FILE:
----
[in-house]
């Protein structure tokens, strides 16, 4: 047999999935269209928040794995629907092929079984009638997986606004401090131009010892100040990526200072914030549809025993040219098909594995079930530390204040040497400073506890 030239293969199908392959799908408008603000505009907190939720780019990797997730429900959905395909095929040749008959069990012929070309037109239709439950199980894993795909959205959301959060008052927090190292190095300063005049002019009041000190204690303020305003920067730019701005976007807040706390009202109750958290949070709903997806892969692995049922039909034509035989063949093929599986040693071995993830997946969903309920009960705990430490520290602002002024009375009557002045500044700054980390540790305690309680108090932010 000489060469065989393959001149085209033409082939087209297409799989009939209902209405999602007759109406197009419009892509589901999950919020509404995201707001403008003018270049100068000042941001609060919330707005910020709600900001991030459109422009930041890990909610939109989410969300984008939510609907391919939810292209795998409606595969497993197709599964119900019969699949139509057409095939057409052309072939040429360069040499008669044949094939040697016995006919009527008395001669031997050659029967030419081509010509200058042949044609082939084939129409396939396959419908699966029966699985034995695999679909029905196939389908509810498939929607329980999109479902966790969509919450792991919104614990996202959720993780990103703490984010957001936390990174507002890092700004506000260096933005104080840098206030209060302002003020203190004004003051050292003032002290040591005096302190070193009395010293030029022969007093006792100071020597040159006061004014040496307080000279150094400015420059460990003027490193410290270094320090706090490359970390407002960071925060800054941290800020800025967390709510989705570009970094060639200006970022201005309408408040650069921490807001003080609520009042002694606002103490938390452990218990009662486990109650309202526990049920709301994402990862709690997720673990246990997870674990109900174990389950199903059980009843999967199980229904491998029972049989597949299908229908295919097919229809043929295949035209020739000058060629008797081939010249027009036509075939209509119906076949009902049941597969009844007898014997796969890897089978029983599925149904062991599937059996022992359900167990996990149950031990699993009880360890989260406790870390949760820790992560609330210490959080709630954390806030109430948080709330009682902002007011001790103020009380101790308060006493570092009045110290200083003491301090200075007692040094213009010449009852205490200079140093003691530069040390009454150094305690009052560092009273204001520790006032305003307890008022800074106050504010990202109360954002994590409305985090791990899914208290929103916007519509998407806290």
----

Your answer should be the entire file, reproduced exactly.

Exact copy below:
[in-house]
């Protein structure tokens, strides 16, 4: 047999999935269209928040794995629907092929079984009638997986606004401090131009010892100040990526200072914030549809025993040219098909594995079930530390204040040497400073506890 030239293969199908392959799908408008603000505009907190939720780019990797997730429900959905395909095929040749008959069990012929070309037109239709439950199980894993795909959205959301959060008052927090190292190095300063005049002019009041000190204690303020305003920067730019701005976007807040706390009202109750958290949070709903997806892969692995049922039909034509035989063949093929599986040693071995993830997946969903309920009960705990430490520290602002002024009375009557002045500044700054980390540790305690309680108090932010 000489060469065989393959001149085209033409082939087209297409799989009939209902209405999602007759109406197009419009892509589901999950919020509404995201707001403008003018270049100068000042941001609060919330707005910020709600900001991030459109422009930041890990909610939109989410969300984008939510609907391919939810292209795998409606595969497993197709599964119900019969699949139509057409095939057409052309072939040429360069040499008669044949094939040697016995006919009527008395001669031997050659029967030419081509010509200058042949044609082939084939129409396939396959419908699966029966699985034995695999679909029905196939389908509810498939929607329980999109479902966790969509919450792991919104614990996202959720993780990103703490984010957001936390990174507002890092700004506000260096933005104080840098206030209060302002003020203190004004003051050292003032002290040591005096302190070193009395010293030029022969007093006792100071020597040159006061004014040496307080000279150094400015420059460990003027490193410290270094320090706090490359970390407002960071925060800054941290800020800025967390709510989705570009970094060639200006970022201005309408408040650069921490807001003080609520009042002694606002103490938390452990218990009662486990109650309202526990049920709301994402990862709690997720673990246990997870674990109900174990389950199903059980009843999967199980229904491998029972049989597949299908229908295919097919229809043929295949035209020739000058060629008797081939010249027009036509075939209509119906076949009902049941597969009844007898014997796969890897089978029983599925149904062991599937059996022992359900167990996990149950031990699993009880360890989260406790870390949760820790992560609330210490959080709630954390806030109430948080709330009682902002007011001790103020009380101790308060006493570092009045110290200083003491301090200075007692040094213009010449009852205490200079140093003691530069040390009454150094305690009052560092009273204001520790006032305003307890008022800074106050504010990202109360954002994590409305985090791990899914208290929103916007519509998407806290």